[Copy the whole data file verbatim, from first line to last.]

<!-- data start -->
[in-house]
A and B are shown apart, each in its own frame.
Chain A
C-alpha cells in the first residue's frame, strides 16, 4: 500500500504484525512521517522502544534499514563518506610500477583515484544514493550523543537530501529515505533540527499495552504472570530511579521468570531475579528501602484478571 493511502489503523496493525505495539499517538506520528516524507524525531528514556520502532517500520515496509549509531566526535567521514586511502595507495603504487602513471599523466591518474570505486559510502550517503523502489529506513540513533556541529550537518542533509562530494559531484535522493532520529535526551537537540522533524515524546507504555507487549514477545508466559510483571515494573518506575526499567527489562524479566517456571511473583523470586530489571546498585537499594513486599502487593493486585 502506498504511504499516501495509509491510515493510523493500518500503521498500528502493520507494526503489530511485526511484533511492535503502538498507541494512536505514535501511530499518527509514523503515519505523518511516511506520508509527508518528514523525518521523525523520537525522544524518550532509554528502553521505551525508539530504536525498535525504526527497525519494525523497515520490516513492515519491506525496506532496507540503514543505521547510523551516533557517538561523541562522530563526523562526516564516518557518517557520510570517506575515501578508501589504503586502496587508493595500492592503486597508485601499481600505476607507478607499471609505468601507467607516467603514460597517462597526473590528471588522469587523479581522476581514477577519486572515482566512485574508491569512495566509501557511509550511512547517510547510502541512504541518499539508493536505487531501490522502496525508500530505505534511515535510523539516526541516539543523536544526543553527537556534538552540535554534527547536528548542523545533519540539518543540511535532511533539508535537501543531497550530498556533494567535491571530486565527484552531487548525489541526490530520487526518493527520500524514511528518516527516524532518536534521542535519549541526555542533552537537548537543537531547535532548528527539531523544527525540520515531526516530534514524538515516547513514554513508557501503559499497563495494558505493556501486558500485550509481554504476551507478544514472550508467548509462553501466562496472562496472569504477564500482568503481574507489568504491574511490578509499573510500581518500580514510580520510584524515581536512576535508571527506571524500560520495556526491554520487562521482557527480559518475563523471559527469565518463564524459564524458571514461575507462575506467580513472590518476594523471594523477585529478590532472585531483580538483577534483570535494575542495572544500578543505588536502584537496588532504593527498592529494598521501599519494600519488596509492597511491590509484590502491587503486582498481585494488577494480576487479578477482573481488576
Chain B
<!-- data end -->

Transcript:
[in-house]
A and B are shown apart, each in its own frame.
Chain A
C-alpha cells in the first residue's frame, strides 16, 4: 500500500504484525512521517522502544534499514563518506610500477583515484544514493550523543537530501529515505533540527499495552504472570530511579521468570531475579528501602484478571 493511502489503523496493525505495539499517538506520528516524507524525531528514556520502532517500520515496509549509531566526535567521514586511502595507495603504487602513471599523466591518474570505486559510502550517503523502489529506513540513533556541529550537518542533509562530494559531484535522493532520529535526551537537540522533524515524546507504555507487549514477545508466559510483571515494573518506575526499567527489562524479566517456571511473583523470586530489571546498585537499594513486599502487593493486585 502506498504511504499516501495509509491510515493510523493500518500503521498500528502493520507494526503489530511485526511484533511492535503502538498507541494512536505514535501511530499518527509514523503515519505523518511516511506520508509527508518528514523525518521523525523520537525522544524518550532509554528502553521505551525508539530504536525498535525504526527497525519494525523497515520490516513492515519491506525496506532496507540503514543505521547510523551516533557517538561523541562522530563526523562526516564516518557518517557520510570517506575515501578508501589504503586502496587508493595500492592503486597508485601499481600505476607507478607499471609505468601507467607516467603514460597517462597526473590528471588522469587523479581522476581514477577519486572515482566512485574508491569512495566509501557511509550511512547517510547510502541512504541518499539508493536505487531501490522502496525508500530505505534511515535510523539516526541516539543523536544526543553527537556534538552540535554534527547536528548542523545533519540539518543540511535532511533539508535537501543531497550530498556533494567535491571530486565527484552531487548525489541526490530520487526518493527520500524514511528518516527516524532518536534521542535519549541526555542533552537537548537543537531547535532548528527539531523544527525540520515531526516530534514524538515516547513514554513508557501503559499497563495494558505493556501486558500485550509481554504476551507478544514472550508467548509462553501466562496472562496472569504477564500482568503481574507489568504491574511490578509499573510500581518500580514510580520510584524515581536512576535508571527506571524500560520495556526491554520487562521482557527480559518475563523471559527469565518463564524459564524458571514461575507462575506467580513472590518476594523471594523477585529478590532472585531483580538483577534483570535494575542495572544500578543505588536502584537496588532504593527498592529494598521501599519494600519488596509492597511491590509484590502491587503486582498481585494488577494480576487479578477482573481488576
Chain B